Some people hate the idea of walking away from a race empty handed. No medals. No tee shirt. No pretty race day picture at the finish line. Others are worried about the backlash from loved ones or in my case, some Mighty Morphin Keyboard Power Ranger behind a computer suggesting that I drop down to half marathon distances until I "get better" because of whatever diagnosis that their fragile brains developed for me.
Whether it's your own negative self talk to some concern troll trying to measure your worth, acknowledge the words, dissect it and dispose the rest of the fecal matter into the toilet. Congratulations: You DNFed a race. If you're a road runner, this might be your first and last. If you're a trail runner taking on crazy distances, welcome to your first of possibly many.
I cannot speak for anyone else but I'll take you through my 'crazy' and the satisfaction of attempting versus not signing up: I don't know my worth if I don't aspire to see my failures. Sorry not sorry but this society is Charmin tissue soft at moments. Allow me to remind you of something that we possibly learned in grade school: You will not win every battle but there's a lesson in everything, especially our failures.
As cheesy as it may sound, my best results stimulate from great losses. Sometimes they're expensive as all hell. For instance, that Tokyo Marathon cost me close to 5,000 USD -- ah, good times. It's easy to only factor in the race entry but I traveled abroad with my husband. Selfishly I used that race as a way to celebrate my wedding anniversary but my head wasn't in a good space for a month. I hit an unbelievable mental low where I questioned my new career choice. A terrible mental space can ruin your race day experience. If I was able to talk to my past self before race day, I would've told her to do more things to relax my mind instead of tripping out about being a sponsored athlete who might fail with a bunch of onlookers.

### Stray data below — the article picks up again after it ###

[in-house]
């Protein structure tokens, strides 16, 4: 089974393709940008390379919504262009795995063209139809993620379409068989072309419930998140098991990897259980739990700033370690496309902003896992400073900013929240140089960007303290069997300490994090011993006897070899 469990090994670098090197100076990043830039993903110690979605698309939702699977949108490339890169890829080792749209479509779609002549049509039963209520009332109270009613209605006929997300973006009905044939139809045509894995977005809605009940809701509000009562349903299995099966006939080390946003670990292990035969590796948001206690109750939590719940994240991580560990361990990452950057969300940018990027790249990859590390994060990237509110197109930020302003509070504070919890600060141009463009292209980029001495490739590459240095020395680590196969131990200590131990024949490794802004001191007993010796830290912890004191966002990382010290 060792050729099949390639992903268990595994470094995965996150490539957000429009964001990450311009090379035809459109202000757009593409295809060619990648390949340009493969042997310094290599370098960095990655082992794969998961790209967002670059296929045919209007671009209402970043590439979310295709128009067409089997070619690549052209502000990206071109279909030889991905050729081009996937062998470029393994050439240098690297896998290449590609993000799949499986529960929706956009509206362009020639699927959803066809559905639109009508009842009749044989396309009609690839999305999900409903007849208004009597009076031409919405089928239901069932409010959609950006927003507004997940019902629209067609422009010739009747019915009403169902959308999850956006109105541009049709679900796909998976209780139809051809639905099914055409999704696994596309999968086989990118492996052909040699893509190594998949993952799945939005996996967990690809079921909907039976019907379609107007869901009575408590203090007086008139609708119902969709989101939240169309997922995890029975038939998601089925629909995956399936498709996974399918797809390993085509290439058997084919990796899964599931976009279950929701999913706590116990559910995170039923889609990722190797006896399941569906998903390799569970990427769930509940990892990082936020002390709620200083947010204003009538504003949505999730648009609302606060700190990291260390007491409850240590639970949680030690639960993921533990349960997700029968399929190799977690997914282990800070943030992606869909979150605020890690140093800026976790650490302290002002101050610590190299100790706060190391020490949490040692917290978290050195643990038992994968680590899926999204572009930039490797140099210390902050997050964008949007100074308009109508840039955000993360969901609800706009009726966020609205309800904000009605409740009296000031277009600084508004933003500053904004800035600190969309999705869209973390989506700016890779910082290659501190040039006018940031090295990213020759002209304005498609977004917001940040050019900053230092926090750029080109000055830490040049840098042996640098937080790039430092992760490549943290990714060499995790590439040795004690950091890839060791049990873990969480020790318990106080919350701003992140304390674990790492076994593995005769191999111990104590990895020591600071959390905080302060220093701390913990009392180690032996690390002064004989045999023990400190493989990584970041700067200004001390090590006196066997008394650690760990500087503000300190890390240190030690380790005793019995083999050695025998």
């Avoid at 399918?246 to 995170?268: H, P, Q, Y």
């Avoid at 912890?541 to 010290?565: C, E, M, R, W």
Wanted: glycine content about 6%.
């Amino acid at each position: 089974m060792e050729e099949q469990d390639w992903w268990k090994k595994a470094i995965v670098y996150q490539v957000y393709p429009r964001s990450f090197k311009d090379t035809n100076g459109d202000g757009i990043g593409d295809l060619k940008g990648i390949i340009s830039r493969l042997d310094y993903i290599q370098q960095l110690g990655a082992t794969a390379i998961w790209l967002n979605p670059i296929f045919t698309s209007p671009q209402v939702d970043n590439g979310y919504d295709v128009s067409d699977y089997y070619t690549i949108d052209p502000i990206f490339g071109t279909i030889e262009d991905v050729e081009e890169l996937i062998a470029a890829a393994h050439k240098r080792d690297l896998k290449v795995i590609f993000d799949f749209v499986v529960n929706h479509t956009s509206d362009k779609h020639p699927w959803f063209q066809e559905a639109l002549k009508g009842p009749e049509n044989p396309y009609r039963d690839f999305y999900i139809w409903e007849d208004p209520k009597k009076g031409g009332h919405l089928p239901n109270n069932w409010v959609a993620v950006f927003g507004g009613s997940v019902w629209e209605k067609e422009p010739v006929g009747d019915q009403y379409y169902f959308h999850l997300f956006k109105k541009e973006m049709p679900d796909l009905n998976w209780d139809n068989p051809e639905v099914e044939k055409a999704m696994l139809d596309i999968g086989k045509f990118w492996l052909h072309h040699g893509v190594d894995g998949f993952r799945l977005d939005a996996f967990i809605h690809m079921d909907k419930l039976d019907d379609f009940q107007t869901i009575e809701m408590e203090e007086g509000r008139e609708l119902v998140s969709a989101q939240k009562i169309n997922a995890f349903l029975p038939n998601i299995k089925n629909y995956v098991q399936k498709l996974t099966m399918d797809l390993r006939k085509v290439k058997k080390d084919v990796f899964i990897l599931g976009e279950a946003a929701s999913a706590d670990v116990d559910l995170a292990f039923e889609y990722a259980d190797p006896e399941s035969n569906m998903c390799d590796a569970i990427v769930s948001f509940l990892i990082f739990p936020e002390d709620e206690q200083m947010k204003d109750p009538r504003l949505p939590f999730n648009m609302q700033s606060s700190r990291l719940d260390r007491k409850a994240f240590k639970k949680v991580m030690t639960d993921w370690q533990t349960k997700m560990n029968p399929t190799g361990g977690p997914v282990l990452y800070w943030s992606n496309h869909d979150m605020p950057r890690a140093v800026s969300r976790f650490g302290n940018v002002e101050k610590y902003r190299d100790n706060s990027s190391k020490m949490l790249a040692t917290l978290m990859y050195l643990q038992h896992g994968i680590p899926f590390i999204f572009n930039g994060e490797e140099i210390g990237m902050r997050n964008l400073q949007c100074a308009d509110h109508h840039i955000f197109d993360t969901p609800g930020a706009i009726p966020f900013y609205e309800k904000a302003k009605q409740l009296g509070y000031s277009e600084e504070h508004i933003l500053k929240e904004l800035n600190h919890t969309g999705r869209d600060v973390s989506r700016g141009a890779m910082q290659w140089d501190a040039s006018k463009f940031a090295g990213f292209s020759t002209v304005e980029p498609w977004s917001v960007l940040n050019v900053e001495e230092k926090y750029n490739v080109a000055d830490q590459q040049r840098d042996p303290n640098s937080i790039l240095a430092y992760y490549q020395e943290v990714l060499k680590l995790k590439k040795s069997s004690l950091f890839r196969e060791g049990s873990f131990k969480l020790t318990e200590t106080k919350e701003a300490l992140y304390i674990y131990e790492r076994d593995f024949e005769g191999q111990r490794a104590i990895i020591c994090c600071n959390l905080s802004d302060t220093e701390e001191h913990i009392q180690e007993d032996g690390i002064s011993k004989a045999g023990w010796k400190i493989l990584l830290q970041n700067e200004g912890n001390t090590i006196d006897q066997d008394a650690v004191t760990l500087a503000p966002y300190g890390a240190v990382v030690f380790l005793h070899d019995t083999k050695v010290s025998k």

The Big Sur Marathon attempt motivated me to take it on for 2020. In fact, I became an ambassador to this amazing course. Having those miles on my feet gave me a better understanding of how much I need to condition my body to break six hours and give it my all. The views are beyond amazing and despite being one of the last people out there, the course was super supportive and I met some of the kindest runners that I crossed in ages. Even when miles 8 - 10 feel like shit, I can always look to the left for the natural Bob Ross picture worthy scene.
Although Javelina Jundred is my hands down favorite trail race, there's a heavy chance that I will not be able to go back for a redemption in 2020 due to a date conflict for another major race. Let's keep our fingers and toes crossed for 2021. The 100K and 100 mile distance helped me discover my why for this year. I cannot define your reason why you may or may not push for endurance distances but for me, I always think "Why not?"